I certainly have some clients who feel like your husband do – and I find it very frustrating, but my hands are generally tied in these situations. 😦 I had a client once, who’s husband refused to euthanise, and everytime she brought the cat in for treatments she asked me what she could say to change his mind. . . but some people will not listen.
      I’m sorry about your dog, renal lymphoma is not fun 😦 Lymphoma, period, is not a good time, but renal failure is such a complicating factor once the kidneys are involved. I have had to watch a couple of dearly loved dogs go throught chemo protocols this past year, and I know the owners were greatful for the extra time they got, but it never seems like enough. . . and as my own dog gets older, it is one of my biggest fears that I will find myself one day having to make these decisions for him.

      • Suzanne says:

        Hi again.. I just wanted to tell you that we lost our girl Monday. She had a few episodes, but rallied each time, almost back to her old self, but she got bad Sunday night and for the first time seemed painful. Luckily my husband was there to see it and he agreed that it was time. We spent the day with her waiting for our appointment with the Vet, just being in the moment, saying goodbye.. She was on pain meds so not really super alert, but she knew we were there which is what mattered. It was six months almost to the day from her diagnosis, which from what I read seems to be pretty common with chemo. She was a good girl and I miss her quirky ways, but at least I know that she’s not suffereing. Thanks again for your blog and for listening.

  16. Jesintajesinta@yahoo.com says:

    I can understand your enthusiasm for euthanising dieing animals. However, as a vet myself, I get by with my clinic never euthanizing a single healthy animal. We do, however, offer low cost or even free if nessecary, spay and neuters.

    It’s one thing to save an animal from suffering than to kill a perfectly healthy animal. That blood is on your hands. Justify it any way you want.

    • dottiemaggie says:

      That’s great that your clinic offers low cost or free spays & neuters, and that will definitely help with the overpopulation of unwanted pets… But it doesn’t do anything to find homes for the unwanted pets that have already been brought into this world.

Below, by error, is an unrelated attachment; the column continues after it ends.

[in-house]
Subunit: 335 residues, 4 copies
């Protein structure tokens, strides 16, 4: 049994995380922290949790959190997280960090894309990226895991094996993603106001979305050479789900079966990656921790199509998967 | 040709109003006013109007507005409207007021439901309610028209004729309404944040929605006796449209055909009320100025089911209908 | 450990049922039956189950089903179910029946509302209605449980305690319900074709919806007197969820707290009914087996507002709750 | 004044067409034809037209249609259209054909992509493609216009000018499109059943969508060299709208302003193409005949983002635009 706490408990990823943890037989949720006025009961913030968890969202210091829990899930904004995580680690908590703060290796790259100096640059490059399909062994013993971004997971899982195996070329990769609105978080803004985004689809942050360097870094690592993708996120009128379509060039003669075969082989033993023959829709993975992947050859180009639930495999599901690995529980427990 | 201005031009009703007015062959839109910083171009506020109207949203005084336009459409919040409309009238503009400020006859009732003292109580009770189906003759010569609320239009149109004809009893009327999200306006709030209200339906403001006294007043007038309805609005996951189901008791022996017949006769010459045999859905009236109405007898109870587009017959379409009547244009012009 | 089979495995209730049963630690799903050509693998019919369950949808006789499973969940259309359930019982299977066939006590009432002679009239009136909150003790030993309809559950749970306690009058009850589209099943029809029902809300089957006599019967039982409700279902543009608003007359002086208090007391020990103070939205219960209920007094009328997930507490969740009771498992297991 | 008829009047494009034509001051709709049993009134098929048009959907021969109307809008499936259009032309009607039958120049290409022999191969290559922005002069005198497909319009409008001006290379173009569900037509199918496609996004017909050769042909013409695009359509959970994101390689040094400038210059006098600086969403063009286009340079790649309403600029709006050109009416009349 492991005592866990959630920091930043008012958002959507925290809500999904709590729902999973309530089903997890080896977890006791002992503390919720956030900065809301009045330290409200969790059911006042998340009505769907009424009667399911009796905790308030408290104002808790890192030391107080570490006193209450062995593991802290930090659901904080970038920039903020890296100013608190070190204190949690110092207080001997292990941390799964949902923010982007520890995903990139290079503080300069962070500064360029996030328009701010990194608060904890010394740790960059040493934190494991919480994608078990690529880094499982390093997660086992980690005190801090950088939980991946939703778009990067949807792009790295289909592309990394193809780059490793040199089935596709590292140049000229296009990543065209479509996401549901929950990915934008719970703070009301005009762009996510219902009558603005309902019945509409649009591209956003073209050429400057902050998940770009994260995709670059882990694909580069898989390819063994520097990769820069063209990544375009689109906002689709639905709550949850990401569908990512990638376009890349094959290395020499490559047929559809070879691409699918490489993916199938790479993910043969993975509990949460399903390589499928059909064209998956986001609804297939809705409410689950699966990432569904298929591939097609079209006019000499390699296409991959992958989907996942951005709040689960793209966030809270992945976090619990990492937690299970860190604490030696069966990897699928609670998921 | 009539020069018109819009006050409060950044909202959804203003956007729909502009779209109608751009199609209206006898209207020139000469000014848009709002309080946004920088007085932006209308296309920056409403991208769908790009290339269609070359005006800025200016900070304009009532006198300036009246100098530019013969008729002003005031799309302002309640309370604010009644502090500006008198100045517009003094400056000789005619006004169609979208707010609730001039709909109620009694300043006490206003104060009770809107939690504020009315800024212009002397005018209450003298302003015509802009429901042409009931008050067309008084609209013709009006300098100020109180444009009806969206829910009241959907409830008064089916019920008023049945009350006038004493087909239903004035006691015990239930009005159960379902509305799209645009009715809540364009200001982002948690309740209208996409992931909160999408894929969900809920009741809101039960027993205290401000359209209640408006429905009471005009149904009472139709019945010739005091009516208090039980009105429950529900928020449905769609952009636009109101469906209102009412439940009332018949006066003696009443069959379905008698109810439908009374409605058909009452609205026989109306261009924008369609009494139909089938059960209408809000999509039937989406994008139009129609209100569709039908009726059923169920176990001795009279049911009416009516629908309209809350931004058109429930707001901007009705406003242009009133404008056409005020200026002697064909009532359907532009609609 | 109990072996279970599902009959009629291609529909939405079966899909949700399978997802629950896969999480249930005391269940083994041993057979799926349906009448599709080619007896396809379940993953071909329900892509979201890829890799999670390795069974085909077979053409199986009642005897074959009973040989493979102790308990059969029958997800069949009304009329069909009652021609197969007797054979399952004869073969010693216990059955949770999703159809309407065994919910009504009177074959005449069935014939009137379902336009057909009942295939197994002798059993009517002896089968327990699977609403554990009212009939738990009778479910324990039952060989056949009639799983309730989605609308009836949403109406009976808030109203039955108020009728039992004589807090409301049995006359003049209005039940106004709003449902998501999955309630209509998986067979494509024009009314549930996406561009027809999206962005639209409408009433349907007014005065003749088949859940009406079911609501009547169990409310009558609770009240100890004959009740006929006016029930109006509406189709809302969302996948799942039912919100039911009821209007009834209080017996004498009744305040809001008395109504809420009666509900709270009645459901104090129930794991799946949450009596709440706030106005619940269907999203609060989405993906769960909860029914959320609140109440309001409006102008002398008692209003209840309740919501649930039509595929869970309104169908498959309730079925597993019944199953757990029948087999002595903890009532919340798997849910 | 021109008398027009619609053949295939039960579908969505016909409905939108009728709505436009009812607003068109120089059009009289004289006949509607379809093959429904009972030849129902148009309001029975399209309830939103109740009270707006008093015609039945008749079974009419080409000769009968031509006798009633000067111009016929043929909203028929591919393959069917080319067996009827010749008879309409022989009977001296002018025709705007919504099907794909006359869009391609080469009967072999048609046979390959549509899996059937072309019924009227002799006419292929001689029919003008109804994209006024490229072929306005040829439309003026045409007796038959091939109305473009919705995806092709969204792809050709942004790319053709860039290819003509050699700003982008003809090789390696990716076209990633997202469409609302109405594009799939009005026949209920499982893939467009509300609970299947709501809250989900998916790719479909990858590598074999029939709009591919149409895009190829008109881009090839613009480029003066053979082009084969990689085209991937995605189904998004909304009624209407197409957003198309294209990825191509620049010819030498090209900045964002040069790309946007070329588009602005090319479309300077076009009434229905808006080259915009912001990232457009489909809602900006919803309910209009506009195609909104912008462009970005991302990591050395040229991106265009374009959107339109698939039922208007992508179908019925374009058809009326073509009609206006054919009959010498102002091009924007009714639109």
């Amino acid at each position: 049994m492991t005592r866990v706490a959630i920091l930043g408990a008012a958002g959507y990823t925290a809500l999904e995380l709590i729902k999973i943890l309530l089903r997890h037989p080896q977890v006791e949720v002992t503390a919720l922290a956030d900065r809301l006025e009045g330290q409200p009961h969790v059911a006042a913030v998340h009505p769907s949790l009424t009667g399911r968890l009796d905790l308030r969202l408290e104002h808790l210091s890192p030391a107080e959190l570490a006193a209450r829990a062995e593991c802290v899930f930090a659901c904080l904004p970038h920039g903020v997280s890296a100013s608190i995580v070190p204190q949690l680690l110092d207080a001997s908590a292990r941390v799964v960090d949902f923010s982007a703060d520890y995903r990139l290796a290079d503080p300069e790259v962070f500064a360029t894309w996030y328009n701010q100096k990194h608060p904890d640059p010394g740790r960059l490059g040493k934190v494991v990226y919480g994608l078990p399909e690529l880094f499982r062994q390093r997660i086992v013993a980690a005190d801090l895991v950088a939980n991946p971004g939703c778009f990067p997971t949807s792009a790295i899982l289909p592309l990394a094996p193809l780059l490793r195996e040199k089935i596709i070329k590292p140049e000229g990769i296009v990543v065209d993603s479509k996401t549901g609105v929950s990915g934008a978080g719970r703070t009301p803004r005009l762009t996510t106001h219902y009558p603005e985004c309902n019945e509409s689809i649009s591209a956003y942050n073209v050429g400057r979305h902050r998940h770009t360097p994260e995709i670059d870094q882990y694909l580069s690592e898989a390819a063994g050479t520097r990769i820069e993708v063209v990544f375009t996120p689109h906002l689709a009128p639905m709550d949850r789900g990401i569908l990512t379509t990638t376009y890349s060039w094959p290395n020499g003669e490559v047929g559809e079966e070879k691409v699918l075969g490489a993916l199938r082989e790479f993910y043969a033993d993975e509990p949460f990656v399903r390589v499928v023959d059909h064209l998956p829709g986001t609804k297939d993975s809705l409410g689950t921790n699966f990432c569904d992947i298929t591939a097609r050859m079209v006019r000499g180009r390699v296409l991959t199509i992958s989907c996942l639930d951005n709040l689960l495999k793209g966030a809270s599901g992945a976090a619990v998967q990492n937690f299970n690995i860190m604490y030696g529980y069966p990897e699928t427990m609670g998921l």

I have never claimed to be happy about euthanising a perfectly healthy animal – but I have accepted it as a reality. It is something I fortunately very rarely have to do, but it is something I will do when the situation calls for it. If someone no longer wants or can keep their pet, whether it be for personal or behavioural reasons, I will give that animal a humane death. I would rather have that blood on my hand than turn away a person who has decided they no longer want their pet who may believe their only option is to get rid of that pet. If we say no, do they keep the pet? Do they make renewed efforts to find a new home? No. They either dump the pet somewhere – leaving it die from starvation or trauma – or they kill it themselves, likely in an inhumane way such as tieing it in a bag and dumping it in the river. That is reality. That is what happens. I don’t want THAT blood on my hands. And when my local shelter has over 150 cats without homes and absolutely no room for more, what would you have us do with the healthy cats that continue to be brought in by people? What do you do with cats who are urinating all over the house for behavioural reasons? The healthy dog who is aggressive? Nobody wants to make the decision “who is adoptable and who isn’t”, but when someone brings us an animal who for whatever reason they cannot or will not keep, who are we to tell them no? What if they have tried to find a new home? What if the local shelter has no more room, the local rescue group has no more foster homes, and they are running out of options and time?

      Yes, there is healthy blood on my hands. But it was humanely done. And I have accepted that as part of my responsibility.

  17. Oneofakindresumes@gmail.com says:

    We have a non profit charity which supports the housing and rehoming of cats. No cat is turned away. We also have a network of foster homes ready for placement of healthy cats. I spend money from my own pocket just feeding and paying the hydro bills. There is no need to euthanize healthy cats. Prevention is better than cure so we put our energy and resources into subsidized and often free spays and neuters.